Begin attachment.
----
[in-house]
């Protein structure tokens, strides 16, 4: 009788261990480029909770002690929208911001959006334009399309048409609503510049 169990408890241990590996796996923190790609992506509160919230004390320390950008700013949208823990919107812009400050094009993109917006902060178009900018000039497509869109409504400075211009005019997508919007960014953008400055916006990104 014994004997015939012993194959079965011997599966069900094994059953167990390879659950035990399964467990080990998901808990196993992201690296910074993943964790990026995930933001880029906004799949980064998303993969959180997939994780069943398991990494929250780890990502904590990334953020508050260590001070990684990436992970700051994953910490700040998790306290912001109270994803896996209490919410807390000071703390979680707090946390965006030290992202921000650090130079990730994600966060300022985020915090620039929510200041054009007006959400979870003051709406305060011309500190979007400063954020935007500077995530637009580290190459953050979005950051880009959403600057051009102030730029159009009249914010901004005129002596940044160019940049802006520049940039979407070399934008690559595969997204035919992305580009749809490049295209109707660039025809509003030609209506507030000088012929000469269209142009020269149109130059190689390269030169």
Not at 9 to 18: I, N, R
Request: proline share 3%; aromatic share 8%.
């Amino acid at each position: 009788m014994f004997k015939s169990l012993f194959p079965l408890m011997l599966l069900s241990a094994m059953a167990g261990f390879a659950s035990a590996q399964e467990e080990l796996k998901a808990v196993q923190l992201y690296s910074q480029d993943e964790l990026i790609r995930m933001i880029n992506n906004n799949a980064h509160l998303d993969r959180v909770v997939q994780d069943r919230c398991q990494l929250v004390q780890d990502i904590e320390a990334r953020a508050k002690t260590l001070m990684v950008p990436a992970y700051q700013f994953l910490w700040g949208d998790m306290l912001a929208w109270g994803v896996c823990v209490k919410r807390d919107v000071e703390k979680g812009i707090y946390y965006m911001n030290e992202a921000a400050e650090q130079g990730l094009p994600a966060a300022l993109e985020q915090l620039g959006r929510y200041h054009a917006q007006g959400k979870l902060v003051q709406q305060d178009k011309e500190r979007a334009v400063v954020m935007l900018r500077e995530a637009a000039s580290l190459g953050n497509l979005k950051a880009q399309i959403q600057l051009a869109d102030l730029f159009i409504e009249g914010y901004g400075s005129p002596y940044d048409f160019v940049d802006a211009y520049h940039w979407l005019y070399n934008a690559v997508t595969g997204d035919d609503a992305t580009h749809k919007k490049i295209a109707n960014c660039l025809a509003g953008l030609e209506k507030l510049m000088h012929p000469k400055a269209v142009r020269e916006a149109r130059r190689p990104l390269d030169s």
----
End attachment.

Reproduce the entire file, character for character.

[in-house]
């Protein structure tokens, strides 16, 4: 009788261990480029909770002690929208911001959006334009399309048409609503510049 169990408890241990590996796996923190790609992506509160919230004390320390950008700013949208823990919107812009400050094009993109917006902060178009900018000039497509869109409504400075211009005019997508919007960014953008400055916006990104 014994004997015939012993194959079965011997599966069900094994059953167990390879659950035990399964467990080990998901808990196993992201690296910074993943964790990026995930933001880029906004799949980064998303993969959180997939994780069943398991990494929250780890990502904590990334953020508050260590001070990684990436992970700051994953910490700040998790306290912001109270994803896996209490919410807390000071703390979680707090946390965006030290992202921000650090130079990730994600966060300022985020915090620039929510200041054009007006959400979870003051709406305060011309500190979007400063954020935007500077995530637009580290190459953050979005950051880009959403600057051009102030730029159009009249914010901004005129002596940044160019940049802006520049940039979407070399934008690559595969997204035919992305580009749809490049295209109707660039025809509003030609209506507030000088012929000469269209142009020269149109130059190689390269030169």
Not at 9 to 18: I, N, R
Request: proline share 3%; aromatic share 8%.
């Amino acid at each position: 009788m014994f004997k015939s169990l012993f194959p079965l408890m011997l599966l069900s241990a094994m059953a167990g261990f390879a659950s035990a590996q399964e467990e080990l796996k998901a808990v196993q923190l992201y690296s910074q480029d993943e964790l990026i790609r995930m933001i880029n992506n906004n799949a980064h509160l998303d993969r959180v909770v997939q994780d069943r919230c398991q990494l929250v004390q780890d990502i904590e320390a990334r953020a508050k002690t260590l001070m990684v950008p990436a992970y700051q700013f994953l910490w700040g949208d998790m306290l912001a929208w109270g994803v896996c823990v209490k919410r807390d919107v000071e703390k979680g812009i707090y946390y965006m911001n030290e992202a921000a400050e650090q130079g990730l094009p994600a966060a300022l993109e985020q915090l620039g959006r929510y200041h054009a917006q007006g959400k979870l902060v003051q709406q305060d178009k011309e500190r979007a334009v400063v954020m935007l900018r500077e995530a637009a000039s580290l190459g953050n497509l979005k950051a880009q399309i959403q600057l051009a869109d102030l730029f159009i409504e009249g914010y901004g400075s005129p002596y940044d048409f160019v940049d802006a211009y520049h940039w979407l005019y070399n934008a690559v997508t595969g997204d035919d609503a992305t580009h749809k919007k490049i295209a109707n960014c660039l025809a509003g953008l030609e209506k507030l510049m000088h012929p000469k400055a269209v142009r020269e916006a149109r130059r190689p990104l390269d030169s």